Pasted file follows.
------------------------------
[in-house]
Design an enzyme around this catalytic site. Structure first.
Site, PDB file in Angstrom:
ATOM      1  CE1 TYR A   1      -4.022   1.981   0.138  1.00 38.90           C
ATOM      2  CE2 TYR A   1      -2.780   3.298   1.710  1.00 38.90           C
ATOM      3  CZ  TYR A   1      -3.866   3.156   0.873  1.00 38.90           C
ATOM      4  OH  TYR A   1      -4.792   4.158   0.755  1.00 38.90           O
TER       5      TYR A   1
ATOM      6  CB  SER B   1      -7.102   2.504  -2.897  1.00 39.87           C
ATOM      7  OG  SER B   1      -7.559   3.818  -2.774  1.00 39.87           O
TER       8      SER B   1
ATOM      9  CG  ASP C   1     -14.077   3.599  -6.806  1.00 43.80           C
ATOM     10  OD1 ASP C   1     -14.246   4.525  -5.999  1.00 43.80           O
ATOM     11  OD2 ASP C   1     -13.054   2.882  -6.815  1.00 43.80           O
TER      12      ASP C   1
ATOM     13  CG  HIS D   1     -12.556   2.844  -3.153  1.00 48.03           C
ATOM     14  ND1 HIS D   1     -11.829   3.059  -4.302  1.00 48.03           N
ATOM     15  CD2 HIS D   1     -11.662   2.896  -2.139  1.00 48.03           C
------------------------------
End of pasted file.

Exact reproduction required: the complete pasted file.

[in-house]
Design an enzyme around this catalytic site. Structure first.
Site, PDB file in Angstrom:
ATOM      1  CE1 TYR A   1      -4.022   1.981   0.138  1.00 38.90           C
ATOM      2  CE2 TYR A   1      -2.780   3.298   1.710  1.00 38.90           C
ATOM      3  CZ  TYR A   1      -3.866   3.156   0.873  1.00 38.90           C
ATOM      4  OH  TYR A   1      -4.792   4.158   0.755  1.00 38.90           O
TER       5      TYR A   1
ATOM      6  CB  SER B   1      -7.102   2.504  -2.897  1.00 39.87           C
ATOM      7  OG  SER B   1      -7.559   3.818  -2.774  1.00 39.87           O
TER       8      SER B   1
ATOM      9  CG  ASP C   1     -14.077   3.599  -6.806  1.00 43.80           C
ATOM     10  OD1 ASP C   1     -14.246   4.525  -5.999  1.00 43.80           O
ATOM     11  OD2 ASP C   1     -13.054   2.882  -6.815  1.00 43.80           O
TER      12      ASP C   1
ATOM     13  CG  HIS D   1     -12.556   2.844  -3.153  1.00 48.03           C
ATOM     14  ND1 HIS D   1     -11.829   3.059  -4.302  1.00 48.03           N
ATOM     15  CD2 HIS D   1     -11.662   2.896  -2.139  1.00 48.03           C